What is it that makes a fine dining experience truly fine? Most would agree that the factors which elevate ones experience to a fine one are spectacular food, beautiful presentation, exquisitely relaxing surroundings and courteous, attentive service. Erin Hotston and Francois Lessard have passionately combined these ingredients and cooked up the Alchemist Restaurant, a true fine dining establishment.
The atmosphere is a warm Tuscan style with fresco walls, illuminated by candlelight which is complemented by soothing Spanish guitar music. Guests arriving for a special occasion, a romantic evening or just a night out will, no doubt, have their expectations exceeded from the moment they enter the room.
Food is French, with a Mediterranean flair. Everything is made from scratch using French techniques and the freshest and highest quality ingredients available. The wine list features top quality BC wines, paired to dinner selections for clients’ convenience. The commitment to excellence assures patrons of the ultimate gastronomical experience.
Promoting local agriculture is also very important to Erin and Francois. Using as much local produce as possible they hope to promote local farmers and encourage diners to support those local producers by using their seasonal produce. The local produce is higher in nutrients, and generally less expensive than imported produce.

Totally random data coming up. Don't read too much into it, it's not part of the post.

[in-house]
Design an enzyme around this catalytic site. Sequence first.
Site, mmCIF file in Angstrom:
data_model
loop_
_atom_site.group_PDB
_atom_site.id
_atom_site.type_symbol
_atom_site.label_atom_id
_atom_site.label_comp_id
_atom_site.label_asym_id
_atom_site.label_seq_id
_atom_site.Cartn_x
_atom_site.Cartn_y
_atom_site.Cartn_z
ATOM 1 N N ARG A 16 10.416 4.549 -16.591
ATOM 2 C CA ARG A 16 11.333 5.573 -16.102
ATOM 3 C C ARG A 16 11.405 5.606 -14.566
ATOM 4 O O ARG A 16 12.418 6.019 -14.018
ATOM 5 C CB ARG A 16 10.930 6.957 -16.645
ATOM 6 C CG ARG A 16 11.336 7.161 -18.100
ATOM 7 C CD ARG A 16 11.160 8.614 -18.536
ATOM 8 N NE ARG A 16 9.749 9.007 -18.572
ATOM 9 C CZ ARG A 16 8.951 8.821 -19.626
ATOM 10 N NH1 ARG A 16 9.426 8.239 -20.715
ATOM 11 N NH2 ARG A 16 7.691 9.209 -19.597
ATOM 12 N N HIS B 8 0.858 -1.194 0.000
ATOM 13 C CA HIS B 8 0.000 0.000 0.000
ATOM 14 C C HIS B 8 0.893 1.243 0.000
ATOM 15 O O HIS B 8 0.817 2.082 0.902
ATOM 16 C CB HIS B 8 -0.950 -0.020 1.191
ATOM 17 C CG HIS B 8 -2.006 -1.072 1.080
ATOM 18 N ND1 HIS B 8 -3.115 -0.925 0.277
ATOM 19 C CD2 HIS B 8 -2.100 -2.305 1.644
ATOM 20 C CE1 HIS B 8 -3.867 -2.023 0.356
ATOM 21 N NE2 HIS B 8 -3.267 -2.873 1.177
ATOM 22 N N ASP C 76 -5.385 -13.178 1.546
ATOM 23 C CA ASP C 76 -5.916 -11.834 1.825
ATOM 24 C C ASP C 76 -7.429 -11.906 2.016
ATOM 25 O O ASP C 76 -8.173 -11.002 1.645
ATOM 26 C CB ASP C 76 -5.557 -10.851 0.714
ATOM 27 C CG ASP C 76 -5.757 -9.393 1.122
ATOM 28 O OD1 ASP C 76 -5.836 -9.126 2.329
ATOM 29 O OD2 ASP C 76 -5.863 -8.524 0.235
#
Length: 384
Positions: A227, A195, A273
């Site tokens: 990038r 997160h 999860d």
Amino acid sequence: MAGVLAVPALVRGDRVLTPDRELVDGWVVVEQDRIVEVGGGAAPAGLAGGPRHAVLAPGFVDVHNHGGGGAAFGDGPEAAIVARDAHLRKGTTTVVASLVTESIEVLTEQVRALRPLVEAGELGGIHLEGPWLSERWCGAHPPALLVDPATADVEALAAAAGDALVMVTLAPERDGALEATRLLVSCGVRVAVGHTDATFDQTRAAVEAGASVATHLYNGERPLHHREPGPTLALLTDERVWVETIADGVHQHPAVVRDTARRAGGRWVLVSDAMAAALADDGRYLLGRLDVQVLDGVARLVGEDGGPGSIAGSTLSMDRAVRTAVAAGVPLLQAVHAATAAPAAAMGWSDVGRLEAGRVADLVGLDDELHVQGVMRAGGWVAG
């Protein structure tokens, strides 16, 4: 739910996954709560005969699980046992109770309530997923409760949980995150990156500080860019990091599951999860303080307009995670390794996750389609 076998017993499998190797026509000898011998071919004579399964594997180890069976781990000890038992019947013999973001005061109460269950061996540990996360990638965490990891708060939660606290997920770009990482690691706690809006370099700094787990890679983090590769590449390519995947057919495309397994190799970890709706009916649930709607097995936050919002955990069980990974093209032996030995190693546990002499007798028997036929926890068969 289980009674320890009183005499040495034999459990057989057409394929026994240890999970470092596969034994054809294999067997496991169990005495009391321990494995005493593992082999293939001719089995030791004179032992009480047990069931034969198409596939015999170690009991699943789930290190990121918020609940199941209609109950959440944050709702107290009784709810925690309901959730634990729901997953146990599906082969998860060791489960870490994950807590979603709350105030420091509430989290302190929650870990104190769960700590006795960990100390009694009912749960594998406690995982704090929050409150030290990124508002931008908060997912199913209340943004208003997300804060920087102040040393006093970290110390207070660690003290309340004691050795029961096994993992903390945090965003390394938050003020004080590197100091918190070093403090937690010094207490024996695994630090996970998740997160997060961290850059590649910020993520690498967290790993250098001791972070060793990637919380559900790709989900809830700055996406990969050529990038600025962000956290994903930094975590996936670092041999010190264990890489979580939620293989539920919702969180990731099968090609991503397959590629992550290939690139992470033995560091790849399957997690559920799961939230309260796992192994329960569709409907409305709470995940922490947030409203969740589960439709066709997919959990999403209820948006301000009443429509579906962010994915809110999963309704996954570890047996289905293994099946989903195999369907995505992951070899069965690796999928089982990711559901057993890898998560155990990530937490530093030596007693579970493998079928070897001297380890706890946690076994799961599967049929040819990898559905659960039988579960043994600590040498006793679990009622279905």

Alchemist Restaurant is a genuine labour of love for Francois and Erin, each of whom is a chef. The couple met about eight years ago while working at the Banff Springs Hotel and have been together ever since, spending much of their spare time visualizing their own gourmet restaurant and planning how they might make it happen. Erin is originally from Powell River, so locating here was a natural for her. Francois originates from Sherbrooke, Quebec and, as with many others who visit, fell in love with our pearl of a city. This all made the decision on where to locate an easy one.
So, their next step was to prepare a detailed Business Plan, which they did with the help of Community Futures – Powell River and the Self Employment Program. Then it was a month or so of coveralls, paintbrushes, hammers and the like as they renovated and decorated their premises on Marine Avenue. The result is quite stunning, from the dazzling sign hanging at the street, to the locally crafted and very unique bar.
Since opening the doors in July of this year, Alchemist quickly gained a reputation as the quality gourmet restaurant that it is. In only a few months Francois and Erin have become recognized as a very professional pair of chefs (they have a combined thirty years experience in the industry) who will stop at nothing to ensure their clients’ quality of food, drink and experience are second to none.
The name “Alchemist”, and the tag line “A journey Home” have very special meanings to this talented and motivated couple. As I would not want to leave
an erroneous impression, it is probably best that they explain those meanings themselves. The restaurant is located at 4680 Marine Avenue.
Lund Boardwalk & Waterwheel Restoration Project
The spring and summer of 2005 saw the restoration of Lund’s historic boardwalk and waterwheel. The total cost of the project was $35,500, funding of $25,000 was contributed from Community Futures.